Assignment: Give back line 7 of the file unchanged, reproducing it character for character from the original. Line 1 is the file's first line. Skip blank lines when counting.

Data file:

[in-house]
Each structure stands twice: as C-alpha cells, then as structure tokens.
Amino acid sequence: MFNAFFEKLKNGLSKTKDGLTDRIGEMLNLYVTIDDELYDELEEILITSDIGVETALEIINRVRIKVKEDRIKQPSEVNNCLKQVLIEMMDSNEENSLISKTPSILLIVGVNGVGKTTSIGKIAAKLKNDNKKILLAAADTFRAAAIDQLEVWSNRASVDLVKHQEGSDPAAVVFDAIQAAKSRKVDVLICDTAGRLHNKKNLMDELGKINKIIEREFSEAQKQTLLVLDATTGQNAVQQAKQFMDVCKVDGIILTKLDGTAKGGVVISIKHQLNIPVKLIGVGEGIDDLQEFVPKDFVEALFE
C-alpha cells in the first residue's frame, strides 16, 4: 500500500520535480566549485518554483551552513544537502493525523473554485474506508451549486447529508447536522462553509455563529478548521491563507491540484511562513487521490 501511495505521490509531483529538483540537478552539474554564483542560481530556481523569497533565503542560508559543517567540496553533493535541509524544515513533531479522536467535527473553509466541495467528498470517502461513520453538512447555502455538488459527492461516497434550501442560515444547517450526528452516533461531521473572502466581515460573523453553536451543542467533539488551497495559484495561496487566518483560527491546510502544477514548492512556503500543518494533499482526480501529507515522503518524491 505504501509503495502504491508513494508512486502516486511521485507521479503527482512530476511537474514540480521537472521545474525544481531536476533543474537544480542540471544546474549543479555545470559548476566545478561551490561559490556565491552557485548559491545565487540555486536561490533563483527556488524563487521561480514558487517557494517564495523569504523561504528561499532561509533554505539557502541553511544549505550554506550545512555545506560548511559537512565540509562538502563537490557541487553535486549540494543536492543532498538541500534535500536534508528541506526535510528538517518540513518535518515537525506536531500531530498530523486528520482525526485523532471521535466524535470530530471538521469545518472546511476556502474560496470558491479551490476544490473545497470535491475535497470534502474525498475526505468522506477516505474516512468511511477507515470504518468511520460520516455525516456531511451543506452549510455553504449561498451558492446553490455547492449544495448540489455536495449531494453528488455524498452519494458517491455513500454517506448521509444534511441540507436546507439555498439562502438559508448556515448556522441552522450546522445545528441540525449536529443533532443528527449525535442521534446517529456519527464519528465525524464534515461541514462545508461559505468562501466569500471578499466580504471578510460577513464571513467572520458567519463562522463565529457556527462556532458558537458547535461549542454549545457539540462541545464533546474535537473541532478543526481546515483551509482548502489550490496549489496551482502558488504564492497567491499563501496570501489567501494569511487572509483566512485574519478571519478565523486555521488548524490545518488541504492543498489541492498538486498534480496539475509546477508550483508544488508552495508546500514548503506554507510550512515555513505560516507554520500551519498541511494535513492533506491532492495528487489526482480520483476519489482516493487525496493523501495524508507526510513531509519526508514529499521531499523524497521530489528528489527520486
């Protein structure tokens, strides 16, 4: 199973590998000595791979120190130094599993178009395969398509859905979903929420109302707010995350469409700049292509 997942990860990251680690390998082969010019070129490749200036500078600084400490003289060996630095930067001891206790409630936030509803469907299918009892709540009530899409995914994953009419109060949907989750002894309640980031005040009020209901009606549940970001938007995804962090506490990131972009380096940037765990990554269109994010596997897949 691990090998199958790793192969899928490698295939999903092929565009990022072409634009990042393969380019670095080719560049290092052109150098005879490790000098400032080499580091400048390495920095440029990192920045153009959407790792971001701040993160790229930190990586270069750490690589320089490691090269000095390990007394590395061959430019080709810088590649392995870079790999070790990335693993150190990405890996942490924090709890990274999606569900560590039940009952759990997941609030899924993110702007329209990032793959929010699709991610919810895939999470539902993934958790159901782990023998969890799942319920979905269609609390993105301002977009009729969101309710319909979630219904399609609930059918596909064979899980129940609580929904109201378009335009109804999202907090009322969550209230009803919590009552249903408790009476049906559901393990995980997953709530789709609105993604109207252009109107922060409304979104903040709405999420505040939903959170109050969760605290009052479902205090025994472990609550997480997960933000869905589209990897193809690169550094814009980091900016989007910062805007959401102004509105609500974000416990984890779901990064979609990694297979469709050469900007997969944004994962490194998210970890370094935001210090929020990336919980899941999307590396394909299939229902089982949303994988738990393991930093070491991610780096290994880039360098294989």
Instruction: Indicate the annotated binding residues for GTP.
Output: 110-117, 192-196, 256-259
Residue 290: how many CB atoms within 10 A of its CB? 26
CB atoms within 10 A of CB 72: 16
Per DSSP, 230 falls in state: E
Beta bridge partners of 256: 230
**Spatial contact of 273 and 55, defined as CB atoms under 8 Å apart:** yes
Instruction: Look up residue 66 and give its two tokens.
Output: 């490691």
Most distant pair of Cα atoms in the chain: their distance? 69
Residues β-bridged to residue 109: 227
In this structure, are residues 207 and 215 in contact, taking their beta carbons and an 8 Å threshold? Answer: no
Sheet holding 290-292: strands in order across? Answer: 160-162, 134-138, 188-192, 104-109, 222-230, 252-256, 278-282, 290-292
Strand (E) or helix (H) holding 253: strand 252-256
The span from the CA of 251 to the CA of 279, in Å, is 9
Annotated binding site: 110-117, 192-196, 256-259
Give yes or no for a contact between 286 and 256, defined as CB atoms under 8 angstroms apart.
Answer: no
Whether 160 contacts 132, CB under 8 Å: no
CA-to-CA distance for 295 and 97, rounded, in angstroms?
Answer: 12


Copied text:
Output: 110-117, 192-196, 256-259